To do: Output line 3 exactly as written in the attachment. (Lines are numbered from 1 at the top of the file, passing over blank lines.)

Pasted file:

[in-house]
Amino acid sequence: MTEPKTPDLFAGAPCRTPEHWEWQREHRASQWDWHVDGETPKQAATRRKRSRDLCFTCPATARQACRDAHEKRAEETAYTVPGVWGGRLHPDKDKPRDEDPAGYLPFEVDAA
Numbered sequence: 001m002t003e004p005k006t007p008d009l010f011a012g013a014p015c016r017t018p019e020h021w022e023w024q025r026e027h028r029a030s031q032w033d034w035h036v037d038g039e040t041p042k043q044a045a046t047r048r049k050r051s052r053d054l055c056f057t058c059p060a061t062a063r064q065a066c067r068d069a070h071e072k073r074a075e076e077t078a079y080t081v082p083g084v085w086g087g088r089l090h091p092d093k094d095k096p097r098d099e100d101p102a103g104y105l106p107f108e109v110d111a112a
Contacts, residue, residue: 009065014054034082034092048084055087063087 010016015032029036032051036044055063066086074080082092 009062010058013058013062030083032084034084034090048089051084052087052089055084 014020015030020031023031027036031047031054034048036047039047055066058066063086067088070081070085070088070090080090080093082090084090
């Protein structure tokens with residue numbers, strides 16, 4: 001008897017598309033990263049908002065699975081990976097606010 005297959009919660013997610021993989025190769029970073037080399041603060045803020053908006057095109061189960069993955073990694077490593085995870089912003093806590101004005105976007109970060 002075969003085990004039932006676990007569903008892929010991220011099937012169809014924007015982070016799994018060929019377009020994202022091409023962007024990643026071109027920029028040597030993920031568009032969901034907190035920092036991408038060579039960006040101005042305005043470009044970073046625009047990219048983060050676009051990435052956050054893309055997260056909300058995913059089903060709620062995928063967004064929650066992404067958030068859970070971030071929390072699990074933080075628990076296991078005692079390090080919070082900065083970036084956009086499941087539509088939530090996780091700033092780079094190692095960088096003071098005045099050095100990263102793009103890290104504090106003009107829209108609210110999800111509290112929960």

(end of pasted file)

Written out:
Numbered sequence: 001m002t003e004p005k006t007p008d009l010f011a012g013a014p015c016r017t018p019e020h021w022e023w024q025r026e027h028r029a030s031q032w033d034w035h036v037d038g039e040t041p042k043q044a045a046t047r048r049k050r051s052r053d054l055c056f057t058c059p060a061t062a063r064q065a066c067r068d069a070h071e072k073r074a075e076e077t078a079y080t081v082p083g084v085w086g087g088r089l090h091p092d093k094d095k096p097r098d099e100d101p102a103g104y105l106p107f108e109v110d111a112a